Three things you can do to help end violence against women

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The needed conversation about violence against women has returned to the forefront amid an outpouring of grief following the death of Offaly schoolteacher Ashling Murphy.

As Ashling’s death sent shockwaves across the country, anger grew over the fact that another woman had been killed in her daily life and the ongoing gender-based violence epidemic.

Humanitarian organization PLAN International Ireland has found that 93% of women do not feel safe on a daily basis because of their gender, and has launched a petition calling on the government to implement emergency reform of the CSR program in accordance to international best practices.

The needed conversation about violence against women has returned to the forefront amid an outpouring of grief following the death of Offaly schoolteacher Ashling Murphy. Photo: Niall Carson/PA Wire

PLAN has campaigned for public spaces to be safer for women and is now pushing for an overhaul of the outdated CSR curriculum after 85% of young people said they were given the wrong information about sexual and reproductive health.

It shouldn’t be like this. 93% of women surveyed [by Plan International Ireland] said they felt vulnerable because of their gender in Ireland,” said PLAN International CEO Paul O’Brien.

“We must use all available levers to change this; our family conversations, what we teach our children – especially the boys and the laws of the land. We have reached our decisive moment; we can’t let it pass.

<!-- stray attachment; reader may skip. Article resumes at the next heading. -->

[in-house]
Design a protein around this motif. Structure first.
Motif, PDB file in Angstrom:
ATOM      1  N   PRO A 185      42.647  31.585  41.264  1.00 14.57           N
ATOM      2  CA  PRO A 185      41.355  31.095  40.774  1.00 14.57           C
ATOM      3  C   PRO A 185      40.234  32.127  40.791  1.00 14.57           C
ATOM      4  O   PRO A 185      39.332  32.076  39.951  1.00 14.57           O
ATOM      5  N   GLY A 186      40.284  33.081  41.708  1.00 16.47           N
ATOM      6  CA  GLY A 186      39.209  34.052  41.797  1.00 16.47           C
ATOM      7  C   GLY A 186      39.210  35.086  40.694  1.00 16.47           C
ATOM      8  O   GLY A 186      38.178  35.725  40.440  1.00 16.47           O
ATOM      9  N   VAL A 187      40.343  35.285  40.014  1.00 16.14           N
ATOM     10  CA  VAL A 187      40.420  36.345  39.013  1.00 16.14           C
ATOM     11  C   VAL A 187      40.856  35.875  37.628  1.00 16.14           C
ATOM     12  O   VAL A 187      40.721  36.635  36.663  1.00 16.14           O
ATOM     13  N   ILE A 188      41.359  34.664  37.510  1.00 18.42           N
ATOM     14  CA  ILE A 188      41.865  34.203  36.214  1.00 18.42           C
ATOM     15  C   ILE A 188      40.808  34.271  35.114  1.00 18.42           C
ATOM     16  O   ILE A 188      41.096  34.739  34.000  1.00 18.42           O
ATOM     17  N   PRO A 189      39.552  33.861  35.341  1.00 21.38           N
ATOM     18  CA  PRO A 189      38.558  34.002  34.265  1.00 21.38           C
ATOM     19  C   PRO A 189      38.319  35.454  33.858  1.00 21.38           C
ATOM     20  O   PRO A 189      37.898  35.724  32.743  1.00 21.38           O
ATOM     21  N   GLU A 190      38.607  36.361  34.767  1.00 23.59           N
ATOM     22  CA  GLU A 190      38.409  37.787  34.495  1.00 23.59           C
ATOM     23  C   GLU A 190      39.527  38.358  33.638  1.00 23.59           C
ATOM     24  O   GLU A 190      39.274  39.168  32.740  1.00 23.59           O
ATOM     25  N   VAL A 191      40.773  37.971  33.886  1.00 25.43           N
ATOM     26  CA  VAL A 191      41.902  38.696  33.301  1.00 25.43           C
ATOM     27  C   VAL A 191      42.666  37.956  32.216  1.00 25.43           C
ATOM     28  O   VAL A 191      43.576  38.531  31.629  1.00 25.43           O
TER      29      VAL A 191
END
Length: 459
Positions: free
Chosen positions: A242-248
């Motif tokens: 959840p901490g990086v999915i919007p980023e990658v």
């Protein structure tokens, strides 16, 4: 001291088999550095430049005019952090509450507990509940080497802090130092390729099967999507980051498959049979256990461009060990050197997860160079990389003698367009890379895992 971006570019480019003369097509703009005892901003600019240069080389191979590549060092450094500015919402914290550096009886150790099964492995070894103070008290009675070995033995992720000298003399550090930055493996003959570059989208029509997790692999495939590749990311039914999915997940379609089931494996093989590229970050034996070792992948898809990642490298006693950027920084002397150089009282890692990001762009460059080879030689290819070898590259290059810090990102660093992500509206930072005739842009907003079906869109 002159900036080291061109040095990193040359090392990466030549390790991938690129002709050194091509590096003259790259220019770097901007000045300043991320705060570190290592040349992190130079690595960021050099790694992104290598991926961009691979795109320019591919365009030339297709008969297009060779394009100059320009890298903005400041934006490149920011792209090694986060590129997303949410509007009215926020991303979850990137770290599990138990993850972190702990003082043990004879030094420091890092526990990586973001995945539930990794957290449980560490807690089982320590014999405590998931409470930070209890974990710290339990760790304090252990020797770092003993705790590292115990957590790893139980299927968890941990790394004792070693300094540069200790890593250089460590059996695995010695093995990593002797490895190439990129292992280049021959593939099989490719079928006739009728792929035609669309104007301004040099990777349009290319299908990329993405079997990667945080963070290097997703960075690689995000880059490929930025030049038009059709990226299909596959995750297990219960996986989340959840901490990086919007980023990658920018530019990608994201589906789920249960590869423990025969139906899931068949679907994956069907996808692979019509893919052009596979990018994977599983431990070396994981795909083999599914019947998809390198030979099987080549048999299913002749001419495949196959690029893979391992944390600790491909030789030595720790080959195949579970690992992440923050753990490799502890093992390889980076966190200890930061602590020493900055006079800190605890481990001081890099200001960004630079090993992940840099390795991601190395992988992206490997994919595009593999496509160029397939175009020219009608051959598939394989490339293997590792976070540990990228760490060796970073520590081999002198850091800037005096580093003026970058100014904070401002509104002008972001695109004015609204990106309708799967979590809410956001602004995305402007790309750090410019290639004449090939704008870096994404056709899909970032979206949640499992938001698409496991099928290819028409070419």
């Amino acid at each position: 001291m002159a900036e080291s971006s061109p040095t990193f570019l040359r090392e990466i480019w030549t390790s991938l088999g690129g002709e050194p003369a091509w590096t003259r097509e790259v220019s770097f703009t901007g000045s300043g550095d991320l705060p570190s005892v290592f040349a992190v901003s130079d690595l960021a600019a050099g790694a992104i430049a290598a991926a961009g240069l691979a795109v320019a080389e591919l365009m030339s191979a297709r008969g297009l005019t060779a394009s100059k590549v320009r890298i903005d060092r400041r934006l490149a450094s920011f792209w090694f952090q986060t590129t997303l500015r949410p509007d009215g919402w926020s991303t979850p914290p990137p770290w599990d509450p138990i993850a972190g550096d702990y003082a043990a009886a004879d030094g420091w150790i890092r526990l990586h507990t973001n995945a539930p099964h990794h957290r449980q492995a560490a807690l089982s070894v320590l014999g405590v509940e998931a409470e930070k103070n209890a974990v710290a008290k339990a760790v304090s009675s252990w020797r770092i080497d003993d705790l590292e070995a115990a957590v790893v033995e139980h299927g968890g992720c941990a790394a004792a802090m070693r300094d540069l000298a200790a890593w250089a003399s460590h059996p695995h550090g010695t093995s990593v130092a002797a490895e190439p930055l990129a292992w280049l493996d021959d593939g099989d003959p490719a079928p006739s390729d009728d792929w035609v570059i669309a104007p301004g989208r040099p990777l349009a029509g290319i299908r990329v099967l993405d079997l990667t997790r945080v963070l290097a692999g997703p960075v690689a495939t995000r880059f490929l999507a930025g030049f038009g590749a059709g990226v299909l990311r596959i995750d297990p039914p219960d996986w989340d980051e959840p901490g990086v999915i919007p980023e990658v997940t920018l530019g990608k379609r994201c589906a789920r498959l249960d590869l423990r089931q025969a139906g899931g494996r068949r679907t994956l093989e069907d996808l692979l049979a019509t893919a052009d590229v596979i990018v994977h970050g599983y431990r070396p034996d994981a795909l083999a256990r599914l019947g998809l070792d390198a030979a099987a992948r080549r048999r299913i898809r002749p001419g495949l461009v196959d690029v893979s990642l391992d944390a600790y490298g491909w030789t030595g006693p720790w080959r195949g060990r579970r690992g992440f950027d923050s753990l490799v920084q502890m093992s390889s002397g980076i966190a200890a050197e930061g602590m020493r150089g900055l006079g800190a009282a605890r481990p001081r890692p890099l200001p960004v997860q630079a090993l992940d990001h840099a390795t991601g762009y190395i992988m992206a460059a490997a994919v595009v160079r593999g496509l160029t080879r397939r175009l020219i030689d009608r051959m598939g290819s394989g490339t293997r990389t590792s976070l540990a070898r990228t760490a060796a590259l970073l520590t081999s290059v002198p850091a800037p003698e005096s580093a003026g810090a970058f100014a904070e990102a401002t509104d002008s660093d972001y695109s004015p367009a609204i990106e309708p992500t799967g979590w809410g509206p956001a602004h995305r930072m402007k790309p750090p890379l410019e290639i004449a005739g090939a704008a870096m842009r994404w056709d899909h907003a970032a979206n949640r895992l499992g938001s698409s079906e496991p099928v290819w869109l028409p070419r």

14/01/2022 Crowds pictured at a vigil for Ashling Murphy at Tullamore Town Park last Friday. Photo: Colin Keegan, Collins Dublin

The organization also recommended a number of things people can do to support ending gender-based violence. Here are three things you can do to help.

1. Call out bad behavior and inappropriate use of language

If needed, speak to your local Garda station and engage with your local advisors and TD to help make your area a safer place to live.

PLAN International Ireland has suggested a number of things people can do to end gender-based violence. Photo: Eamonn Farrell/RollingNews.ie

2. Education starts at home

Talk openly with your children about these issues and define your own values ​​at home – you don’t have to wait for schools to do this. Parents can take action today.

3. Talk about gender-based violence with your peers

PLAN also urges young people to have open conversations about gender-based violence with their classmates and peers and to support each other.

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